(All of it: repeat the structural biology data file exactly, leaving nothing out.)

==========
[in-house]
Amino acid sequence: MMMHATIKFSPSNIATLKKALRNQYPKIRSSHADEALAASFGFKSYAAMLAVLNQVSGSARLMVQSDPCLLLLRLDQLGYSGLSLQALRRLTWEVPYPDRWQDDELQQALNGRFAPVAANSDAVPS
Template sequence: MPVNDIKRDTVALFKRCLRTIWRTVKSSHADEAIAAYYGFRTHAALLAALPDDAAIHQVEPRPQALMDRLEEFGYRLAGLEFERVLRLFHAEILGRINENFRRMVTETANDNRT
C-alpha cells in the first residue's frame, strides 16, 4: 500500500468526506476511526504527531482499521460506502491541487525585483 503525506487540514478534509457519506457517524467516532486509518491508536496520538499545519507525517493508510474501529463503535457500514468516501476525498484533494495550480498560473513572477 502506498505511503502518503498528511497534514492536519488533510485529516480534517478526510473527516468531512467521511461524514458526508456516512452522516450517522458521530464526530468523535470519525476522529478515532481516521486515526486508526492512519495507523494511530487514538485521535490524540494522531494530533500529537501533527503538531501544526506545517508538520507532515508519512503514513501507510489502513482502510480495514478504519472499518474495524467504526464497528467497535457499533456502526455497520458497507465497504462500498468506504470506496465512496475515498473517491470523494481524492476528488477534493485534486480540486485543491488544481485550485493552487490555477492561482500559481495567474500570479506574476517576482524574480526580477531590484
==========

[in-house]
Amino acid sequence: MMMHATIKFSPSNIATLKKALRNQYPKIRSSHADEALAASFGFKSYAAMLAVLNQVSGSARLMVQSDPCLLLLRLDQLGYSGLSLQALRRLTWEVPYPDRWQDDELQQALNGRFAPVAANSDAVPS
Template sequence: MPVNDIKRDTVALFKRCLRTIWRTVKSSHADEAIAAYYGFRTHAALLAALPDDAAIHQVEPRPQALMDRLEEFGYRLAGLEFERVLRLFHAEILGRINENFRRMVTETANDNRT
C-alpha cells in the first residue's frame, strides 16, 4: 500500500468526506476511526504527531482499521460506502491541487525585483 503525506487540514478534509457519506457517524467516532486509518491508536496520538499545519507525517493508510474501529463503535457500514468516501476525498484533494495550480498560473513572477 502506498505511503502518503498528511497534514492536519488533510485529516480534517478526510473527516468531512467521511461524514458526508456516512452522516450517522458521530464526530468523535470519525476522529478515532481516521486515526486508526492512519495507523494511530487514538485521535490524540494522531494530533500529537501533527503538531501544526506545517508538520507532515508519512503514513501507510489502513482502510480495514478504519472499518474495524467504526464497528467497535457499533456502526455497520458497507465497504462500498468506504470506496465512496475515498473517491470523494481524492476528488477534493485534486480540486485543491488544481485550485493552487490555477492561482500559481495567474500570479506574476517576482524574480526580477531590484